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“A Running Issue”
“And the LORD spake unto Moses and to Aaron, saying, Speak unto the children of Israel, and say unto them, When any man hath a running issue out of his flesh, because of his issue he is unclean…Thus shall ye separate the children of Israel from their uncleanness; that they die not in their uncleanness, when they defile my tabernacle that is among them. This is the law of him that hath an issue, and of him whose seed goeth from him, and is defiled therewith; and of her that is sick of her flowers, and of him that hath an issue, of the man, and of the woman, and of him that lieth with her that is unclean.” (Leviticus 15:1-33)
Leviticus 15 speaks of corruption from within displayed in “a running issue” in the flesh. These thirty-three verses of Inspiration, like all other portions of Holy Scripture, were written for our learning, and are intended by God the Holy Spirit to be applied to each of us (Romans 15:4).
Most of what I have read from other men on this passage of Scripture treats the “running issue” in chapter 15 as an uncleanness of far less significance than the leprosy described in chapters 13 and 14. But that is not the case at all. In fact, the corruption and defilement of this running issue portrays, in a way, something even worse than the leprosy of chapters 13 and 14.
The “running issue” described so graphically in Leviticus 15:1-33 is a sickening, revolting type and picture of something far more sickening and revolting in us. The sin that is in us by nature, the corruption of our vile, base, depraved hearts is a foul, obnoxious puss, constantly oozing from our hearts, by which we are defiled, and which defiles everything we touch. This is something worse than the leprosy seen in the flesh. This is the secret, hidden corruption and uncleanness of our hearts.
I am sometimes shocked by the comments people make with regard to the Word of God. Someone once said to me, “I don’t think the Song of Solomon should even be read in public, much less preached from. It would just be too embarrassing.” That was shocking enough, but in my study of Leviticus 15, I read this comment from a man whose writings I often find very profitable.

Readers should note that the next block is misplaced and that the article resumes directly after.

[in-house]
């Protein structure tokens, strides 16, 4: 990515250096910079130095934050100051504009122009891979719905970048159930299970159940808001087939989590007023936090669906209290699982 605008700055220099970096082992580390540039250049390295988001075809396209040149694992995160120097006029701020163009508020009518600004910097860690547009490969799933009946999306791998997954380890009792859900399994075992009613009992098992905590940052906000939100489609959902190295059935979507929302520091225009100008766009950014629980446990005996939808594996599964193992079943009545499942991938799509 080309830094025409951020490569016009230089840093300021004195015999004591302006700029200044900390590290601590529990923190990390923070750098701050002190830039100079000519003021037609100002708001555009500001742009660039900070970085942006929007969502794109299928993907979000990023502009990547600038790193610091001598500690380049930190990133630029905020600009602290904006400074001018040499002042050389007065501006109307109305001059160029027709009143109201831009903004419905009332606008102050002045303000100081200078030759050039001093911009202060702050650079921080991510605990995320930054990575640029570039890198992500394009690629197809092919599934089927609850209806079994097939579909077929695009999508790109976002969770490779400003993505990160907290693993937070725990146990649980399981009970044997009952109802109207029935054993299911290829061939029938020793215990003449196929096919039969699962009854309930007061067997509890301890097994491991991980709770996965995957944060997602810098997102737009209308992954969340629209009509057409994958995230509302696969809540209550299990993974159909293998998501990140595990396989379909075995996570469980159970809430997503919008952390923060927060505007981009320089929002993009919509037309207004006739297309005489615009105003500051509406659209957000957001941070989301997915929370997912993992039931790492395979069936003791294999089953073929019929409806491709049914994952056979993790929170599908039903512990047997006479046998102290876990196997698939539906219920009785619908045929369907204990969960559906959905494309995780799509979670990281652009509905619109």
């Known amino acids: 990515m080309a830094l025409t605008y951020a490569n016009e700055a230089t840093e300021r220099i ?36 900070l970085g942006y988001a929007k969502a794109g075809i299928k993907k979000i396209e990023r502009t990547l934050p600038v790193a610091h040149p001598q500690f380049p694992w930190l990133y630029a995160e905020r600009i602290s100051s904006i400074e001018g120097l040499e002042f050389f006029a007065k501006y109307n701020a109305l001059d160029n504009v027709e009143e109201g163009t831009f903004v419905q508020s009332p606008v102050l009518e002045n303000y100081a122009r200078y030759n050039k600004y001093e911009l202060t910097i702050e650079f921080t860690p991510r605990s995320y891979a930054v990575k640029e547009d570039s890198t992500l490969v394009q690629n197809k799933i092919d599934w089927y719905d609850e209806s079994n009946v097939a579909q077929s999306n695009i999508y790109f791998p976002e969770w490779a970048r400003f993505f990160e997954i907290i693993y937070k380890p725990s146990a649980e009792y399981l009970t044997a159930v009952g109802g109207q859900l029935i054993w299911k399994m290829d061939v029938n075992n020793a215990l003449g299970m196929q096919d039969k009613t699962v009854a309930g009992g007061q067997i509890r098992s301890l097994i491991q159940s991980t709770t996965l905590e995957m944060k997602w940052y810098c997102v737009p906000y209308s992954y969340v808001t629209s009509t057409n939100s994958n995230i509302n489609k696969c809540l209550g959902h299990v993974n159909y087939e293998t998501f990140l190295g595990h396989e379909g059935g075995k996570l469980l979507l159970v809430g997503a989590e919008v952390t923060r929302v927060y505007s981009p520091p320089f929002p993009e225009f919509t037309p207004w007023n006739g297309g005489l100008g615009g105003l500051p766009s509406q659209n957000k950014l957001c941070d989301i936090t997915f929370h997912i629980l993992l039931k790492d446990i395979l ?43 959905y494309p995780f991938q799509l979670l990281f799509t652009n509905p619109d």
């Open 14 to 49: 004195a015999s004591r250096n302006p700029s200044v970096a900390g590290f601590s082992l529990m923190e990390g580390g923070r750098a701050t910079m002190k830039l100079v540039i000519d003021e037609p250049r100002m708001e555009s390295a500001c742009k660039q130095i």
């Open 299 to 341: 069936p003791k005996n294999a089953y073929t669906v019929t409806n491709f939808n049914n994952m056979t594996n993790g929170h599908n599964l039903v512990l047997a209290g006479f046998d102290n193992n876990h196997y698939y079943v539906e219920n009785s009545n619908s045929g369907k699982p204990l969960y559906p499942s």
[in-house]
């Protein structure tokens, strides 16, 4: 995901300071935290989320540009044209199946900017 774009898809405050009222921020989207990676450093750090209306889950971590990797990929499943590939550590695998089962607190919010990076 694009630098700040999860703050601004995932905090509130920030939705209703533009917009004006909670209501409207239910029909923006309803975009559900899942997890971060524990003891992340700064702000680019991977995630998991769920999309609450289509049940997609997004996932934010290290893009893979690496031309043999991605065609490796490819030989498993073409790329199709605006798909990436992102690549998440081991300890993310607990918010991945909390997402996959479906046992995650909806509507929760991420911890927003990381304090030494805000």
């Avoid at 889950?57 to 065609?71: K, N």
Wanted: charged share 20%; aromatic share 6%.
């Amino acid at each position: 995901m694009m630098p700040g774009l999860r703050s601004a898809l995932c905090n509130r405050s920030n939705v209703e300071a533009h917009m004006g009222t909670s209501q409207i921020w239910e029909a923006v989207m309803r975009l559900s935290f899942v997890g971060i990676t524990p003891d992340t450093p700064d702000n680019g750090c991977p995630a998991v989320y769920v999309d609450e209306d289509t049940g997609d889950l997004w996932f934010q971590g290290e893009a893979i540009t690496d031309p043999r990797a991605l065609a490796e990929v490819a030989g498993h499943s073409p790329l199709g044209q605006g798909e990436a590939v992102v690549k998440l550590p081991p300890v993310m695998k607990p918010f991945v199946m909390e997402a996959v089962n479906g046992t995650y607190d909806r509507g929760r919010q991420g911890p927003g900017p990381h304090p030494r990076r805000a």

“We should feel strongly disposed to question the sound judgment and refined taste of a man, who could stand up and read the fifteenth of Leviticus, in the midst of an ordinary congregation. But why? Is it because it is not ‘divinely inspired,’ and, as such, ‘profitable?’ By no means; but because the generality of persons are not sufficiently spiritual to enter into its pure and holy lessons.”
Such comments are shocking when made by people who rightly esteem Holy Scripture as God’s inspired, infallible, inerrant Word. That is the way Roman Catholicism deals with the Word of God. Under the pretense of spirituality and piety, such expressions reveal an utter contempt for Holy Scripture. They also reflect the horrid self-righteousness and pride of one who imagines that he is so holy and pure that the reading of Holy Scripture might defile his mind!
May God the Holy Spirit, by whom these instructions about “a running issue” have been preserved for us by divine inspiration, now be our Teacher as we seek to discover the message contained in Leviticus 15. I want to show you five things taught in these thirty-three verses.
First, let us learn, as we are everywhere taught in Holy Scripture, that our hearts are overflowing cesspools of corruption, constantly oozing foulness, impurity, and uncleanness. If I could be more graphic in describing the corruption of our hearts, I would be. But the Holy Spirit here uses three very graphic pictures by which I hope all who read these lines will be convinced and compelled to cry before God, “I know that in me (that I, in my flesh,) dwelleth no good thing” (Romans 7:18).
1. The corruption of our hearts is portrayed under the picture of a man with a running issue out of his flesh (vv. 1-15).
This running issue is the equivalent of what we call gonorrhea. What a proper picture that is of our hearts’ corruption! Gonorrhea is a vile plague contracted by illicit behavior. It is something you get from someone else. But it becomes a part of you. It is something you try to hide. But the corruption from deep within oozes foulness from your body. That pretty well describes the evil that is in us.